1. Can You Hear Me? - looking at the recurring sonic and musical gestures in the works of David Bowie
2. You Can't Hide Beat - talking about fan creativities in the context of a sample-based collaborative cover project I worked on in 2011
3. 5 Lessons: The creativities of David Bowie
Tickets are available here: https://www.acmi.net.au/live-events/talks-performances/the-stardom-and-celebrity-of-david-bowie/
Symposium programme guide is downloadable here
Update: Well that was the BOWIEST weekend of my life, and one of the more enjoyable academic gigs I've been to. Here's some pics…
On May the 10th (session P17) I will be presenting my paper "The Sonic Vernacular: Considering Communicative Timbral Gestures in Modern Music Production"
A snippet showing the abstract (for anyone who's interested!)
“Over the course of audio recording history, we have seen the activity of sound recording widen in scope “‘from a technical matter to a conceptual and artistic one”’ (Moorefield 2010) and the producer’s role evolving from technician to ‘auteur’. For recording practitioners engaged in artistic and commercial industry and discourse, fluency in contemporary and historic sound languages is advantageous. This paper seeks to find the best, most practically useful method to describe these characteristics in practice, and aims to identify a clear and suitable way to talk about and analyse these uses of communicative timbral gestures, as heard in modern music productions.”
***** Update: Some photos from my weekend in Warsaw because why not?
It’s available from Bloomsbury from the 29th of January as a hardback, paperback or e-book.
“This book treats with freshness and vitality issues that are crucial for educators in higher education and beyond. The international and multi-disciplinary group of scholars – anthropologists, psychologists, musicians, artists and art educators – engage us in deeply educational issues and experiences...Enthusiastically recommended!” – Liora Bresler, Professor of Curriculum and Instruction, College of Education, University of Illinois, USA
“This is an illuminating and long-overdue book that celebrates the myriad ways in which musicians engage their creativity, both as they develop their expertise and then as professionals. In many contexts, we are experiencing acute needs to champion innovative artistic practices whilst at the same time maintaining the qualities of traditional practices. It is clear that creative entrepreneurship is essential to future success, and this book helps to demystify its principles and practice. It is a must-read for all those engaged in higher music education.” – Helena Gaunt, Vice Principal and Director of Academic Affairs, Guildhall School of Music & Drama, UK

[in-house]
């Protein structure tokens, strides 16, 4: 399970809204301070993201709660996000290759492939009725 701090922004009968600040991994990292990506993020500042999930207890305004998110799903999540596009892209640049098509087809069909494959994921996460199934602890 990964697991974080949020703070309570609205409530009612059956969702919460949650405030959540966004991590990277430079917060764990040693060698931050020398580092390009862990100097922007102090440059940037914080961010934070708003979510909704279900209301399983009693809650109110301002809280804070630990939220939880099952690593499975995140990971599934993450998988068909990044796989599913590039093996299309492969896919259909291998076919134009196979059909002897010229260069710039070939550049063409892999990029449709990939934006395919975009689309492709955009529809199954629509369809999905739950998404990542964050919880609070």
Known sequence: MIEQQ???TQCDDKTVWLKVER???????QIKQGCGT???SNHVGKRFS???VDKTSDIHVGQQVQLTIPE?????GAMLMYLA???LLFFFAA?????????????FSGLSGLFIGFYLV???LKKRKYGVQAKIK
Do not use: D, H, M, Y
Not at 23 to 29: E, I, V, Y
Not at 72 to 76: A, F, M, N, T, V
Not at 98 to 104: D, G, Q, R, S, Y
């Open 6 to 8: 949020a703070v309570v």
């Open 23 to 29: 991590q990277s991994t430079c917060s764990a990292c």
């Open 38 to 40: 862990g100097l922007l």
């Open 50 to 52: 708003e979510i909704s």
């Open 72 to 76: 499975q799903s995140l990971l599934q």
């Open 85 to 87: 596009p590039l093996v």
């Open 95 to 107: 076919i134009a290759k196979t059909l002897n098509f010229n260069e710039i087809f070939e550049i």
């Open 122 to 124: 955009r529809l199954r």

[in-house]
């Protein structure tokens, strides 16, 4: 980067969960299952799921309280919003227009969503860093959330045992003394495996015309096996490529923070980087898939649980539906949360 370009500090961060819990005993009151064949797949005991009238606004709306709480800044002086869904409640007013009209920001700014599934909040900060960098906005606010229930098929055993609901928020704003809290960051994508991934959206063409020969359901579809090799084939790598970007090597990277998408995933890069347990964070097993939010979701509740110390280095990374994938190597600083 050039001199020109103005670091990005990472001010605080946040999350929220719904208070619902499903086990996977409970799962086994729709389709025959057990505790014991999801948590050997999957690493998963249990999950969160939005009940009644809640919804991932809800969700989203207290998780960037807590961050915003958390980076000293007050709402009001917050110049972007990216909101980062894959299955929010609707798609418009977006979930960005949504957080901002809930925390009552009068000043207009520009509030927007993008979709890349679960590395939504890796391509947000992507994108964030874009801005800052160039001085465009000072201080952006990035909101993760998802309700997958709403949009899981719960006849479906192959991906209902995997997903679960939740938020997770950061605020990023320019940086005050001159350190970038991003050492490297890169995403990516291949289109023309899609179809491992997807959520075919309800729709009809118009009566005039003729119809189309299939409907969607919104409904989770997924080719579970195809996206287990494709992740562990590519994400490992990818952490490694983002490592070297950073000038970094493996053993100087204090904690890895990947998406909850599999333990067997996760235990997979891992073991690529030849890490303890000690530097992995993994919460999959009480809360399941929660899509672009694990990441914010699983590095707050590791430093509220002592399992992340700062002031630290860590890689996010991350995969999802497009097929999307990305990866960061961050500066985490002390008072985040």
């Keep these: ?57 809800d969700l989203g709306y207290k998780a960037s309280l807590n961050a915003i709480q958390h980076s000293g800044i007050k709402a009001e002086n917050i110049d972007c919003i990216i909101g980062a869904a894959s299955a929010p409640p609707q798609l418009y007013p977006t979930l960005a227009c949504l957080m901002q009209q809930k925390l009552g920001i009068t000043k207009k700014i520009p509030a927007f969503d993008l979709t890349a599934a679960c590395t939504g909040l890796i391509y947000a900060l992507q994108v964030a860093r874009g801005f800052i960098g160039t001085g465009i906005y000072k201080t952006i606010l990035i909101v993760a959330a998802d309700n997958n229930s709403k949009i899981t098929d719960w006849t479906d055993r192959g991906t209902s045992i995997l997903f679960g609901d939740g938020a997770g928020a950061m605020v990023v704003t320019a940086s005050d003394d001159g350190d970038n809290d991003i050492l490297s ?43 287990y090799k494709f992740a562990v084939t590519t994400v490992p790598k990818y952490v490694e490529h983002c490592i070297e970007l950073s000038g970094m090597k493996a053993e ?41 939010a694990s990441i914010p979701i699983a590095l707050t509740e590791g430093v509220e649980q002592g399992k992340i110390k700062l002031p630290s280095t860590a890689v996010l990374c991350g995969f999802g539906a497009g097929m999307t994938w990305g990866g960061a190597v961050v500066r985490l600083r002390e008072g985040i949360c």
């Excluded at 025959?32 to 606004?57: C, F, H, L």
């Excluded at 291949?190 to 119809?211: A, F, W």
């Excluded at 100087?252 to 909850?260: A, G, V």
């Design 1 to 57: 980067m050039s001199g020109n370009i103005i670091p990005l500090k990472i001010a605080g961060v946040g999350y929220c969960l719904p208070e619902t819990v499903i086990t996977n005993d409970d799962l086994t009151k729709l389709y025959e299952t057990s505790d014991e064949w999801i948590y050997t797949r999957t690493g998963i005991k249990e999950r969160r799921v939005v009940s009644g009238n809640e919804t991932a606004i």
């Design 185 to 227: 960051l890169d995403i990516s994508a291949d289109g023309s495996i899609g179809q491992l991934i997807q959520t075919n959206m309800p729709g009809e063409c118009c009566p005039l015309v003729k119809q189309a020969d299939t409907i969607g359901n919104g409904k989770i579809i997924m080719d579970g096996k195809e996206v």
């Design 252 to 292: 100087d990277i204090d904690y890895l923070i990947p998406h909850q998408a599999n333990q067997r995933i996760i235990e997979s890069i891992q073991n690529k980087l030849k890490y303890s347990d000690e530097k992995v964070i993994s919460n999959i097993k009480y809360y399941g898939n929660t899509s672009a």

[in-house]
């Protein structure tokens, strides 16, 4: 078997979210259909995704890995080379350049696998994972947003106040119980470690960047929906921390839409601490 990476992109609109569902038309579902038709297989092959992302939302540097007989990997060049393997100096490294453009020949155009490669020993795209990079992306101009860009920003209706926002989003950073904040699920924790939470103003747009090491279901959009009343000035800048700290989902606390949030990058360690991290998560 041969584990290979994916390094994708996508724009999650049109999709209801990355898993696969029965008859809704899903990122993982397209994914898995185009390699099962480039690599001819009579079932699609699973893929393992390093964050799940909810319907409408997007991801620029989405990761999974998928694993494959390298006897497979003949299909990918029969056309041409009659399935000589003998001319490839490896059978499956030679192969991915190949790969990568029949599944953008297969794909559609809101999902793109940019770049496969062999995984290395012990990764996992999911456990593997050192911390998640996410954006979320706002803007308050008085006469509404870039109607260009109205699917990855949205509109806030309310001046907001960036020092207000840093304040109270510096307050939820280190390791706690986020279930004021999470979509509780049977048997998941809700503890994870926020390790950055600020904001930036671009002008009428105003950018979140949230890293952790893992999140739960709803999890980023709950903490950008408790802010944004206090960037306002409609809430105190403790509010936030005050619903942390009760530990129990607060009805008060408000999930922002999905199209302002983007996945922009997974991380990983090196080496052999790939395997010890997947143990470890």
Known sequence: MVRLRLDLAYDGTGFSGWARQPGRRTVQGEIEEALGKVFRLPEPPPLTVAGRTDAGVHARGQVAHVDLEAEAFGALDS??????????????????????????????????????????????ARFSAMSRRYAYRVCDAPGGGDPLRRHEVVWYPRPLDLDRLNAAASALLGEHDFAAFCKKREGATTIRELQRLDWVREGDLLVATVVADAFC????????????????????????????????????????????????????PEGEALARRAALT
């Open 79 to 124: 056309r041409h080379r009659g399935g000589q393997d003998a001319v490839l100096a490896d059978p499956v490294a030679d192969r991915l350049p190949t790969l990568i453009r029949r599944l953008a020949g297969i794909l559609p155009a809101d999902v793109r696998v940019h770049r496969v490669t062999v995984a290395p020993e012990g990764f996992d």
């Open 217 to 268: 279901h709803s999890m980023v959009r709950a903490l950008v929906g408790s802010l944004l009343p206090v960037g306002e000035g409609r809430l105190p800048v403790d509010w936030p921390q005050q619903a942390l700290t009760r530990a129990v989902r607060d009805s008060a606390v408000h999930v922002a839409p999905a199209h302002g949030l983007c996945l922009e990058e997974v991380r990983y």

***UPDATE: It's here!
I received a hardback copy of the book from the publishers and I thought it was rather pretty! Also, amazed my reference to Kanye West got through the edit...
The title of my talk is "Exploring The Temporalities of a Musical Idea", and it's all about a particular philosophy related to generating new ideas, sounds and variations linked to a single composition. If you can stomach it, the abstract is included below:
"Drawing from personally situated knowledge derived from creative practice research, I will illustrate some approaches to the generation of compositional materials bound to a creative philosophy centred around technology, economy and derivation. This philosophy broadens the view of authored materials to include not only the final performance of the music, but also draft and incomplete or unedited versions, inaccurate versions played by sight, adapted versions that are played in sections during rehearsal, unused recording takes and mistakes, incidental sounds from around performance, rehearsal and recording environments, even the sounds generated from travelling to and from the recording session - all of the music and sound resulting from situations, actions and incidents that occur as a direct result of the composition existing can be captured and potentially used to make more music. This approach maximises the amount of materials generated from a single musical composition, providing both an economical approach to theme and creation of a sound world, and a diverse, yet finite framework within which to explore possibilities and experiment. In terms of music production, it also functions as a device for the creation of original and authentic sound worlds for musical ideas to inhabit. This philosophy also acknowledges the collaborative nature of performance, and I will share examples from practice of experiments in human filtering, where intuitive responses from individuals form, inform and reform the creation of musical materials. The score is seen as the starting point of a creative process, the raw materials that are activated by people. In such cases the final recorded production offers a version of the work and a document of this process."